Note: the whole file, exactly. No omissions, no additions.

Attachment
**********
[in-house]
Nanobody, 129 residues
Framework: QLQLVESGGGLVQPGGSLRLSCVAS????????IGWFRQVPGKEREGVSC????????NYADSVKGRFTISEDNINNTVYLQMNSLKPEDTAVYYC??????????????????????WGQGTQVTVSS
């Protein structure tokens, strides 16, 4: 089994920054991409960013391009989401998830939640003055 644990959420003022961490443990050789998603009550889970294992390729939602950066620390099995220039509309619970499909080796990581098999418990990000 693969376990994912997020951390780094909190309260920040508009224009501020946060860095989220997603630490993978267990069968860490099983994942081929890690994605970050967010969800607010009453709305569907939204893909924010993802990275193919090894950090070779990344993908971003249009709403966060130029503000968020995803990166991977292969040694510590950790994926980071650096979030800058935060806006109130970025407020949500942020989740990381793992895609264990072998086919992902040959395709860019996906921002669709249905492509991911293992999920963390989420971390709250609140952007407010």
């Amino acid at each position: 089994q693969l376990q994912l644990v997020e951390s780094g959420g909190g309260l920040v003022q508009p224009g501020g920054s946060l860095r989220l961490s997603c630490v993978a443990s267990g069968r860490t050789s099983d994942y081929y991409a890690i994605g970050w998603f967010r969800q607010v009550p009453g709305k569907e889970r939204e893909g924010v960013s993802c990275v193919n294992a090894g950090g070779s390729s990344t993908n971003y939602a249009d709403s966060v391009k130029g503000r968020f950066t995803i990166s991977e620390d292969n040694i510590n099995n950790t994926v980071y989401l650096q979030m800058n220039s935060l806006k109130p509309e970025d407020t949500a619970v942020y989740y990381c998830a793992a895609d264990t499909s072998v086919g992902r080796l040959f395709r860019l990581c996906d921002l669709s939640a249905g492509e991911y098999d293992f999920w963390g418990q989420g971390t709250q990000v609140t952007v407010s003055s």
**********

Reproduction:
[in-house]
Nanobody, 129 residues
Framework: QLQLVESGGGLVQPGGSLRLSCVAS????????IGWFRQVPGKEREGVSC????????NYADSVKGRFTISEDNINNTVYLQMNSLKPEDTAVYYC??????????????????????WGQGTQVTVSS
């Protein structure tokens, strides 16, 4: 089994920054991409960013391009989401998830939640003055 644990959420003022961490443990050789998603009550889970294992390729939602950066620390099995220039509309619970499909080796990581098999418990990000 693969376990994912997020951390780094909190309260920040508009224009501020946060860095989220997603630490993978267990069968860490099983994942081929890690994605970050967010969800607010009453709305569907939204893909924010993802990275193919090894950090070779990344993908971003249009709403966060130029503000968020995803990166991977292969040694510590950790994926980071650096979030800058935060806006109130970025407020949500942020989740990381793992895609264990072998086919992902040959395709860019996906921002669709249905492509991911293992999920963390989420971390709250609140952007407010």
């Amino acid at each position: 089994q693969l376990q994912l644990v997020e951390s780094g959420g909190g309260l920040v003022q508009p224009g501020g920054s946060l860095r989220l961490s997603c630490v993978a443990s267990g069968r860490t050789s099983d994942y081929y991409a890690i994605g970050w998603f967010r969800q607010v009550p009453g709305k569907e889970r939204e893909g924010v960013s993802c990275v193919n294992a090894g950090g070779s390729s990344t993908n971003y939602a249009d709403s966060v391009k130029g503000r968020f950066t995803i990166s991977e620390d292969n040694i510590n099995n950790t994926v980071y989401l650096q979030m800058n220039s935060l806006k109130p509309e970025d407020t949500a619970v942020y989740y990381c998830a793992a895609d264990t499909s072998v086919g992902r080796l040959f395709r860019l990581c996906d921002l669709s939640a249905g492509e991911y098999d293992f999920w963390g418990q989420g971390t709250q990000v609140t952007v407010s003055s």